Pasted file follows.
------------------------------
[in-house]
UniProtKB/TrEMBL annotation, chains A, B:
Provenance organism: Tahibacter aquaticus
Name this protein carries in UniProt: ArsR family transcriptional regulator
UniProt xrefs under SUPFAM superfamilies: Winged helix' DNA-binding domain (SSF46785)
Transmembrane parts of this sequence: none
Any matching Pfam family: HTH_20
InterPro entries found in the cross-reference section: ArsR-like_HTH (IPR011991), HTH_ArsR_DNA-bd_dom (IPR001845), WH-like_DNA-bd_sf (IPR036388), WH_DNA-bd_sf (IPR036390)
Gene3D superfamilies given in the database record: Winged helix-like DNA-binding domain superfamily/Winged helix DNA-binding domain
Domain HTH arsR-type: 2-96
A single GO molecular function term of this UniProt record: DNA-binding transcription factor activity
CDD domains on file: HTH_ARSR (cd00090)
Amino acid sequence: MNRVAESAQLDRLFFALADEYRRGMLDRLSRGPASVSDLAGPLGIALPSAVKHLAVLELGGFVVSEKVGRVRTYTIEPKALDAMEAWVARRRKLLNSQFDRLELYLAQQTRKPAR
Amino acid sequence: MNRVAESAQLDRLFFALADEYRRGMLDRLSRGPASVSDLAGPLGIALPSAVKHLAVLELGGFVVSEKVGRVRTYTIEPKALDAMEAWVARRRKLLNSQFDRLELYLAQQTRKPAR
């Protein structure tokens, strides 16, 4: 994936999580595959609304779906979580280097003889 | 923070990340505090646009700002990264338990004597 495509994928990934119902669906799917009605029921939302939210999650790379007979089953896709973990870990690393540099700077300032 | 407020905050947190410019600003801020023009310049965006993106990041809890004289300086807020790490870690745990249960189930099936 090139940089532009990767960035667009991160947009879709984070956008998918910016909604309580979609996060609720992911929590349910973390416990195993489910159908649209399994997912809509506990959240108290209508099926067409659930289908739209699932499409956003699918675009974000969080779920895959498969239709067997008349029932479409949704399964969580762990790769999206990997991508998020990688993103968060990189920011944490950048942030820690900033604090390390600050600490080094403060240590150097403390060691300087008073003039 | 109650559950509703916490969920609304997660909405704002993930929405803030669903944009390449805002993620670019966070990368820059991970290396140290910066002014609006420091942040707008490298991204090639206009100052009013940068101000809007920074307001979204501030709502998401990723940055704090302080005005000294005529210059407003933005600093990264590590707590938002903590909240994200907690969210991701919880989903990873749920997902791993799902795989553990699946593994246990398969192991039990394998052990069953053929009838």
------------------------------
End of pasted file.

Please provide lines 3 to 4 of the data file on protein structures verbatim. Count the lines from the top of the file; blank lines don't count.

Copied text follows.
Provenance organism: Tahibacter aquaticus
Name this protein carries in UniProt: ArsR family transcriptional regulator